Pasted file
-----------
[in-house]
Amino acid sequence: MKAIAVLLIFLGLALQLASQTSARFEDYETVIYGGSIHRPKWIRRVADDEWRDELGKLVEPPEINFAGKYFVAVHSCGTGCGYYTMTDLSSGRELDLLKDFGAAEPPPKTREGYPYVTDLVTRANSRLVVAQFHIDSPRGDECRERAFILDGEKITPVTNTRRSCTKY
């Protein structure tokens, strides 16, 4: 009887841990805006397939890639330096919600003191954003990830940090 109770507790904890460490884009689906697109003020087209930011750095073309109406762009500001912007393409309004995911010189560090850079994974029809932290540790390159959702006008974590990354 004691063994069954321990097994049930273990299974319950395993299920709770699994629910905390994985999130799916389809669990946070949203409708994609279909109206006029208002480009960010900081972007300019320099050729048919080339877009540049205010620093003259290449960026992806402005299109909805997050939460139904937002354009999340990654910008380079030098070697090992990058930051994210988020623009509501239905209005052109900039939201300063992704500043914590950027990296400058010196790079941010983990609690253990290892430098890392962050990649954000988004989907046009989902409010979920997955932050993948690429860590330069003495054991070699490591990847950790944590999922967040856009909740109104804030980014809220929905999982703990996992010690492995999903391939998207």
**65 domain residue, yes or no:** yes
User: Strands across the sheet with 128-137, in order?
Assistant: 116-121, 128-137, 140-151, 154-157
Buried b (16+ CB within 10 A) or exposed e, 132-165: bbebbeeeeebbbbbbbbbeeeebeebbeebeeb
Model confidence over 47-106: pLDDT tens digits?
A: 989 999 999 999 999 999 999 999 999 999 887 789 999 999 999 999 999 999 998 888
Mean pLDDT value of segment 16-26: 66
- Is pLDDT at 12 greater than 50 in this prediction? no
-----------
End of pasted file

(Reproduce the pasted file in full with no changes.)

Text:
[in-house]
Amino acid sequence: MKAIAVLLIFLGLALQLASQTSARFEDYETVIYGGSIHRPKWIRRVADDEWRDELGKLVEPPEINFAGKYFVAVHSCGTGCGYYTMTDLSSGRELDLLKDFGAAEPPPKTREGYPYVTDLVTRANSRLVVAQFHIDSPRGDECRERAFILDGEKITPVTNTRRSCTKY
């Protein structure tokens, strides 16, 4: 009887841990805006397939890639330096919600003191954003990830940090 109770507790904890460490884009689906697109003020087209930011750095073309109406762009500001912007393409309004995911010189560090850079994974029809932290540790390159959702006008974590990354 004691063994069954321990097994049930273990299974319950395993299920709770699994629910905390994985999130799916389809669990946070949203409708994609279909109206006029208002480009960010900081972007300019320099050729048919080339877009540049205010620093003259290449960026992806402005299109909805997050939460139904937002354009999340990654910008380079030098070697090992990058930051994210988020623009509501239905209005052109900039939201300063992704500043914590950027990296400058010196790079941010983990609690253990290892430098890392962050990649954000988004989907046009989902409010979920997955932050993948690429860590330069003495054991070699490591990847950790944590999922967040856009909740109104804030980014809220929905999982703990996992010690492995999903391939998207």
**65 domain residue, yes or no:** yes
User: Strands across the sheet with 128-137, in order?
Assistant: 116-121, 128-137, 140-151, 154-157
Buried b (16+ CB within 10 A) or exposed e, 132-165: bbebbeeeeebbbbbbbbbeeeebeebbeebeeb
Model confidence over 47-106: pLDDT tens digits?
A: 989 999 999 999 999 999 999 999 999 999 887 789 999 999 999 999 999 999 998 888
Mean pLDDT value of segment 16-26: 66
- Is pLDDT at 12 greater than 50 in this prediction? no